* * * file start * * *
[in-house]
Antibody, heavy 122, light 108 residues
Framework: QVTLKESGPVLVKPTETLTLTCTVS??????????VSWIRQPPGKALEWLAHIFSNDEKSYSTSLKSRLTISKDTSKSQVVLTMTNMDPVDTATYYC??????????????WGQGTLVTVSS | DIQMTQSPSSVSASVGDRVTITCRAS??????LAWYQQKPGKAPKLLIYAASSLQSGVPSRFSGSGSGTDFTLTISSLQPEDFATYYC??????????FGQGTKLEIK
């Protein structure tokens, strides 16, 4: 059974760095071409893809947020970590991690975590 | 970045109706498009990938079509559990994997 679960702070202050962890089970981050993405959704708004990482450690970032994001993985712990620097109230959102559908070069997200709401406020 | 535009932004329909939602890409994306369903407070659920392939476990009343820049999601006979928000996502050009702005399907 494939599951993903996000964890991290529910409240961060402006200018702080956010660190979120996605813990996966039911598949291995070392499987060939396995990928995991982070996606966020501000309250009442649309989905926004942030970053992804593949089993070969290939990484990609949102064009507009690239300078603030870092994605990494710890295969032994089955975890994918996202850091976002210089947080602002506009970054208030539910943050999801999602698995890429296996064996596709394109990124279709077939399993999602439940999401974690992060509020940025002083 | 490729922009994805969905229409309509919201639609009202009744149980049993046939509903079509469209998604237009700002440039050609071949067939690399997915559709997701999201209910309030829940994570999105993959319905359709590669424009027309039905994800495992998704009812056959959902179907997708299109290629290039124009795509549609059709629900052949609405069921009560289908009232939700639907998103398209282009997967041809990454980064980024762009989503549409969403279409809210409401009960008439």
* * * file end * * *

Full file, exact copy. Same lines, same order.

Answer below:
[in-house]
Antibody, heavy 122, light 108 residues
Framework: QVTLKESGPVLVKPTETLTLTCTVS??????????VSWIRQPPGKALEWLAHIFSNDEKSYSTSLKSRLTISKDTSKSQVVLTMTNMDPVDTATYYC??????????????WGQGTLVTVSS | DIQMTQSPSSVSASVGDRVTITCRAS??????LAWYQQKPGKAPKLLIYAASSLQSGVPSRFSGSGSGTDFTLTISSLQPEDFATYYC??????????FGQGTKLEIK
């Protein structure tokens, strides 16, 4: 059974760095071409893809947020970590991690975590 | 970045109706498009990938079509559990994997 679960702070202050962890089970981050993405959704708004990482450690970032994001993985712990620097109230959102559908070069997200709401406020 | 535009932004329909939602890409994306369903407070659920392939476990009343820049999601006979928000996502050009702005399907 494939599951993903996000964890991290529910409240961060402006200018702080956010660190979120996605813990996966039911598949291995070392499987060939396995990928995991982070996606966020501000309250009442649309989905926004942030970053992804593949089993070969290939990484990609949102064009507009690239300078603030870092994605990494710890295969032994089955975890994918996202850091976002210089947080602002506009970054208030539910943050999801999602698995890429296996064996596709394109990124279709077939399993999602439940999401974690992060509020940025002083 | 490729922009994805969905229409309509919201639609009202009744149980049993046939509903079509469209998604237009700002440039050609071949067939690399997915559709997701999201209910309030829940994570999105993959319905359709590669424009027309039905994800495992998704009812056959959902179907997708299109290629290039124009795509549609059709629900052949609405069921009560289908009232939700639907998103398209282009997967041809990454980064980024762009989503549409969403279409809210409401009960008439």